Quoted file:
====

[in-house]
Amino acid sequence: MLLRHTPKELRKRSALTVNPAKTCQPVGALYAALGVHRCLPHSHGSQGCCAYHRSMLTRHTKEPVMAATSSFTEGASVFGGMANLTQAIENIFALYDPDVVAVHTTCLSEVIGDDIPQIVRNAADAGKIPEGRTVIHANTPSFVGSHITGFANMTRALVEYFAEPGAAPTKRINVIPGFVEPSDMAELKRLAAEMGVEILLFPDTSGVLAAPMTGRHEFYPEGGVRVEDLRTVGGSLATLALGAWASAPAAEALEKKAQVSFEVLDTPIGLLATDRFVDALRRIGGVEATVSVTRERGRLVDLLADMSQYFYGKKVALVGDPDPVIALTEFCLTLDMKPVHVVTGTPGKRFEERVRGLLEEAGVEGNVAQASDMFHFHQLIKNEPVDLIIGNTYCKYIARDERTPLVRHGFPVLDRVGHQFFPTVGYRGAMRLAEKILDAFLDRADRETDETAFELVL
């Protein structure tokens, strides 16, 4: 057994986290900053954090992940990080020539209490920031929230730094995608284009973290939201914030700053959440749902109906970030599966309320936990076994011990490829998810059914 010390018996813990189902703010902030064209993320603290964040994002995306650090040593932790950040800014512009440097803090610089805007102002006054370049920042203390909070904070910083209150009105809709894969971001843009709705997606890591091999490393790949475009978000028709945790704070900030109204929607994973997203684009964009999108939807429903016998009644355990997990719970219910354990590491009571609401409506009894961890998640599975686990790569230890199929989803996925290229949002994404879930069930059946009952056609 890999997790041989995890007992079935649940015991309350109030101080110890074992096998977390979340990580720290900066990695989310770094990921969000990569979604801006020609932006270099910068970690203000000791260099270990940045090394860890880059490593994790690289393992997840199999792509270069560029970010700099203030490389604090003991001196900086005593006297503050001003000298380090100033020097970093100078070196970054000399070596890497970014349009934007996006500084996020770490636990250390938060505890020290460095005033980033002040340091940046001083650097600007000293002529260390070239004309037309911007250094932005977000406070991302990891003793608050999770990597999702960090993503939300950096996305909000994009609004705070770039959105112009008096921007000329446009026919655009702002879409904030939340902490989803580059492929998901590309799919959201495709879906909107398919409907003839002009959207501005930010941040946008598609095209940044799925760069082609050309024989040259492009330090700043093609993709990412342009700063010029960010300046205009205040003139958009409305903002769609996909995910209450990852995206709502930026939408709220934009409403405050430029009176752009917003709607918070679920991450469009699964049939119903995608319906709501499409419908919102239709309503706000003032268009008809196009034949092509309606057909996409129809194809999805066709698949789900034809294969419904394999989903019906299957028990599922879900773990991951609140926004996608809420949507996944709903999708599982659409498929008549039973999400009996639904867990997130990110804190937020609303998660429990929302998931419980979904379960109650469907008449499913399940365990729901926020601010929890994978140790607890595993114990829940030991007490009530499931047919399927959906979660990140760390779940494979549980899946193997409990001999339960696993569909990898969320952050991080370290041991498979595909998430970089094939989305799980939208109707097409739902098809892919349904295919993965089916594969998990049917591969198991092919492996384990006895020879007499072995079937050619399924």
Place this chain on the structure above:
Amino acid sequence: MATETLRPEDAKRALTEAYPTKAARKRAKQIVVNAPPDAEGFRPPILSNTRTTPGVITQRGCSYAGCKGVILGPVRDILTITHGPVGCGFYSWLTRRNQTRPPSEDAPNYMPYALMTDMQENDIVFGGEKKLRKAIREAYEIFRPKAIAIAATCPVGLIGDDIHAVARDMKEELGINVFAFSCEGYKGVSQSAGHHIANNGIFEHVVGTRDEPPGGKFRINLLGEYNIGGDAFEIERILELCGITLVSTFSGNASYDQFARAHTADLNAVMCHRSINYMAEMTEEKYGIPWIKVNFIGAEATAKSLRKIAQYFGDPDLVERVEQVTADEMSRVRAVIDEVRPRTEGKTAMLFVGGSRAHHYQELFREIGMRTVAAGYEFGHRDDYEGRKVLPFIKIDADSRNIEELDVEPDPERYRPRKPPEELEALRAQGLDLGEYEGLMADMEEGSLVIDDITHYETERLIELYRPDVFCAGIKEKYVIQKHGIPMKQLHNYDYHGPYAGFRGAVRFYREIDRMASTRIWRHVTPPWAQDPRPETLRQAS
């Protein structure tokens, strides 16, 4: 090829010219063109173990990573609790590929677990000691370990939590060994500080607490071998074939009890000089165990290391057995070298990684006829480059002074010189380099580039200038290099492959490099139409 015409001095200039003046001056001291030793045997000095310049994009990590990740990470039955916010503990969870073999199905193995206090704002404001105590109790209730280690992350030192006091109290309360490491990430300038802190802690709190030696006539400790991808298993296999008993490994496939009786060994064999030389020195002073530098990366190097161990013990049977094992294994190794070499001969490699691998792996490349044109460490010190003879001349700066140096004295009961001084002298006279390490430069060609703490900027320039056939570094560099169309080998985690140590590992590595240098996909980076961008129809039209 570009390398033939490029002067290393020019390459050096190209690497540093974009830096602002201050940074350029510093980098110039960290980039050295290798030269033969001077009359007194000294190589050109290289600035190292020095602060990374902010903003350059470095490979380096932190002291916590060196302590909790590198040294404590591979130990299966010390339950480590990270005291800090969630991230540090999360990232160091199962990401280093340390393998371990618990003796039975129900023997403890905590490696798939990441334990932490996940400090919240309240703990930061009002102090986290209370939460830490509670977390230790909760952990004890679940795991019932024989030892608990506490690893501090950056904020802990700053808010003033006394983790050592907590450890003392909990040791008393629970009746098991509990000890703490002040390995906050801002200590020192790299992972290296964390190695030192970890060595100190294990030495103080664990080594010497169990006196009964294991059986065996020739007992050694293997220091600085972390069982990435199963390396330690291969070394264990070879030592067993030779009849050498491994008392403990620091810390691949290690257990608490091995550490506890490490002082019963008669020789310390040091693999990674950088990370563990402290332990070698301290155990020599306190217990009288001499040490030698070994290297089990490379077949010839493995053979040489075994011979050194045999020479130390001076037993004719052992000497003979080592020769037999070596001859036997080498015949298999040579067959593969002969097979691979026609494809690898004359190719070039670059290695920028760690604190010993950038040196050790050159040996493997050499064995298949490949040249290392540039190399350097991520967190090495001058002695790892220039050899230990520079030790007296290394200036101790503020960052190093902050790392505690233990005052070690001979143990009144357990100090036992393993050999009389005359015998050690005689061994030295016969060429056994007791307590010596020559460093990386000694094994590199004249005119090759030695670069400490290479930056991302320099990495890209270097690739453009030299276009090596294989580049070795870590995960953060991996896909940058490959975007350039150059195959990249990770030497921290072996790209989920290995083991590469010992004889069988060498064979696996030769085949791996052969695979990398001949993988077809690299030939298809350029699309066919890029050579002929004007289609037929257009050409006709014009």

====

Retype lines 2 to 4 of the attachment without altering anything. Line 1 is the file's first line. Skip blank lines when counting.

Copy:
Amino acid sequence: MLLRHTPKELRKRSALTVNPAKTCQPVGALYAALGVHRCLPHSHGSQGCCAYHRSMLTRHTKEPVMAATSSFTEGASVFGGMANLTQAIENIFALYDPDVVAVHTTCLSEVIGDDIPQIVRNAADAGKIPEGRTVIHANTPSFVGSHITGFANMTRALVEYFAEPGAAPTKRINVIPGFVEPSDMAELKRLAAEMGVEILLFPDTSGVLAAPMTGRHEFYPEGGVRVEDLRTVGGSLATLALGAWASAPAAEALEKKAQVSFEVLDTPIGLLATDRFVDALRRIGGVEATVSVTRERGRLVDLLADMSQYFYGKKVALVGDPDPVIALTEFCLTLDMKPVHVVTGTPGKRFEERVRGLLEEAGVEGNVAQASDMFHFHQLIKNEPVDLIIGNTYCKYIARDERTPLVRHGFPVLDRVGHQFFPTVGYRGAMRLAEKILDAFLDRADRETDETAFELVL
């Protein structure tokens, strides 16, 4: 057994986290900053954090992940990080020539209490920031929230730094995608284009973290939201914030700053959440749902109906970030599966309320936990076994011990490829998810059914 010390018996813990189902703010902030064209993320603290964040994002995306650090040593932790950040800014512009440097803090610089805007102002006054370049920042203390909070904070910083209150009105809709894969971001843009709705997606890591091999490393790949475009978000028709945790704070900030109204929607994973997203684009964009999108939807429903016998009644355990997990719970219910354990590491009571609401409506009894961890998640599975686990790569230890199929989803996925290229949002994404879930069930059946009952056609 890999997790041989995890007992079935649940015991309350109030101080110890074992096998977390979340990580720290900066990695989310770094990921969000990569979604801006020609932006270099910068970690203000000791260099270990940045090394860890880059490593994790690289393992997840199999792509270069560029970010700099203030490389604090003991001196900086005593006297503050001003000298380090100033020097970093100078070196970054000399070596890497970014349009934007996006500084996020770490636990250390938060505890020290460095005033980033002040340091940046001083650097600007000293002529260390070239004309037309911007250094932005977000406070991302990891003793608050999770990597999702960090993503939300950096996305909000994009609004705070770039959105112009008096921007000329446009026919655009702002879409904030939340902490989803580059492929998901590309799919959201495709879906909107398919409907003839002009959207501005930010941040946008598609095209940044799925760069082609050309024989040259492009330090700043093609993709990412342009700063010029960010300046205009205040003139958009409305903002769609996909995910209450990852995206709502930026939408709220934009409403405050430029009176752009917003709607918070679920991450469009699964049939119903995608319906709501499409419908919102239709309503706000003032268009008809196009034949092509309606057909996409129809194809999805066709698949789900034809294969419904394999989903019906299957028990599922879900773990991951609140926004996608809420949507996944709903999708599982659409498929008549039973999400009996639904867990997130990110804190937020609303998660429990929302998931419980979904379960109650469907008449499913399940365990729901926020601010929890994978140790607890595993114990829940030991007490009530499931047919399927959906979660990140760390779940494979549980899946193997409990001999339960696993569909990898969320952050991080370290041991498979595909998430970089094939989305799980939208109707097409739902098809892919349904295919993965089916594969998990049917591969198991092919492996384990006895020879007499072995079937050619399924």
Place this chain on the structure above: